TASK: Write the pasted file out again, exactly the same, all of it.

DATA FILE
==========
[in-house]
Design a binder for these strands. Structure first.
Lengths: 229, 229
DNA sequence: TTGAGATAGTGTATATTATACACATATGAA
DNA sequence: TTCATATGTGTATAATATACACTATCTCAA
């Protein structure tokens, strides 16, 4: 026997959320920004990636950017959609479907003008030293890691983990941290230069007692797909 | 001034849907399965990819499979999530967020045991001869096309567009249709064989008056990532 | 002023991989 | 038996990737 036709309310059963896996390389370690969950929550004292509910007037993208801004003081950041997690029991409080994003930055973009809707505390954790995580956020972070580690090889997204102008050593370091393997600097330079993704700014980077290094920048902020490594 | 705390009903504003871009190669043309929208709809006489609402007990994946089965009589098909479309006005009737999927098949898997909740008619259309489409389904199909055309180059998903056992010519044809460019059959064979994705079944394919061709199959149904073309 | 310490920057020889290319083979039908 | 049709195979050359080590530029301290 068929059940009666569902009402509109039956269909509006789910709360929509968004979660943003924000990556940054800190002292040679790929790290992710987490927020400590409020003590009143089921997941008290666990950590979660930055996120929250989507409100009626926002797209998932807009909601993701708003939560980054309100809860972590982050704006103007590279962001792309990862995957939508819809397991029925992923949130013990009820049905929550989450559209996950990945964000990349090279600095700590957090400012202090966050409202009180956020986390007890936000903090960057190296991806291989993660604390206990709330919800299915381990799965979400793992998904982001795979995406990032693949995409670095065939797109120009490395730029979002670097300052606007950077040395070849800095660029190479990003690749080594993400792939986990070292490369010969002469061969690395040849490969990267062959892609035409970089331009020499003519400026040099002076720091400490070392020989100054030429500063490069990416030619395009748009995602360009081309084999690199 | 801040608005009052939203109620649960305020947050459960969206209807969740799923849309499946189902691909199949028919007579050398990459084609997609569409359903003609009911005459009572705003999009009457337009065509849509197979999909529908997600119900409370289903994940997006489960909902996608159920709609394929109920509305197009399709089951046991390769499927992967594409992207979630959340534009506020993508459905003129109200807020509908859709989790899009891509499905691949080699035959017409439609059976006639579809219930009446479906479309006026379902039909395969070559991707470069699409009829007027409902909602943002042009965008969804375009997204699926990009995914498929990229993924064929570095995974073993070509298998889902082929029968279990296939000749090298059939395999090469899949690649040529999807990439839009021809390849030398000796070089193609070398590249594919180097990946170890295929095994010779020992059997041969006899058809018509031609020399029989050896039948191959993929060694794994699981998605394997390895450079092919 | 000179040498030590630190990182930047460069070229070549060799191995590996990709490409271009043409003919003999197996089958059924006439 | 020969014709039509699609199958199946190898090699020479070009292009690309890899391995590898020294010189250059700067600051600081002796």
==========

[in-house]
Design a binder for these strands. Structure first.
Lengths: 229, 229
DNA sequence: TTGAGATAGTGTATATTATACACATATGAA
DNA sequence: TTCATATGTGTATAATATACACTATCTCAA
């Protein structure tokens, strides 16, 4: 026997959320920004990636950017959609479907003008030293890691983990941290230069007692797909 | 001034849907399965990819499979999530967020045991001869096309567009249709064989008056990532 | 002023991989 | 038996990737 036709309310059963896996390389370690969950929550004292509910007037993208801004003081950041997690029991409080994003930055973009809707505390954790995580956020972070580690090889997204102008050593370091393997600097330079993704700014980077290094920048902020490594 | 705390009903504003871009190669043309929208709809006489609402007990994946089965009589098909479309006005009737999927098949898997909740008619259309489409389904199909055309180059998903056992010519044809460019059959064979994705079944394919061709199959149904073309 | 310490920057020889290319083979039908 | 049709195979050359080590530029301290 068929059940009666569902009402509109039956269909509006789910709360929509968004979660943003924000990556940054800190002292040679790929790290992710987490927020400590409020003590009143089921997941008290666990950590979660930055996120929250989507409100009626926002797209998932807009909601993701708003939560980054309100809860972590982050704006103007590279962001792309990862995957939508819809397991029925992923949130013990009820049905929550989450559209996950990945964000990349090279600095700590957090400012202090966050409202009180956020986390007890936000903090960057190296991806291989993660604390206990709330919800299915381990799965979400793992998904982001795979995406990032693949995409670095065939797109120009490395730029979002670097300052606007950077040395070849800095660029190479990003690749080594993400792939986990070292490369010969002469061969690395040849490969990267062959892609035409970089331009020499003519400026040099002076720091400490070392020989100054030429500063490069990416030619395009748009995602360009081309084999690199 | 801040608005009052939203109620649960305020947050459960969206209807969740799923849309499946189902691909199949028919007579050398990459084609997609569409359903003609009911005459009572705003999009009457337009065509849509197979999909529908997600119900409370289903994940997006489960909902996608159920709609394929109920509305197009399709089951046991390769499927992967594409992207979630959340534009506020993508459905003129109200807020509908859709989790899009891509499905691949080699035959017409439609059976006639579809219930009446479906479309006026379902039909395969070559991707470069699409009829007027409902909602943002042009965008969804375009997204699926990009995914498929990229993924064929570095995974073993070509298998889902082929029968279990296939000749090298059939395999090469899949690649040529999807990439839009021809390849030398000796070089193609070398590249594919180097990946170890295929095994010779020992059997041969006899058809018509031609020399029989050896039948191959993929060694794994699981998605394997390895450079092919 | 000179040498030590630190990182930047460069070229070549060799191995590996990709490409271009043409003919003999197996089958059924006439 | 020969014709039509699609199958199946190898090699020479070009292009690309890899391995590898020294010189250059700067600051600081002796």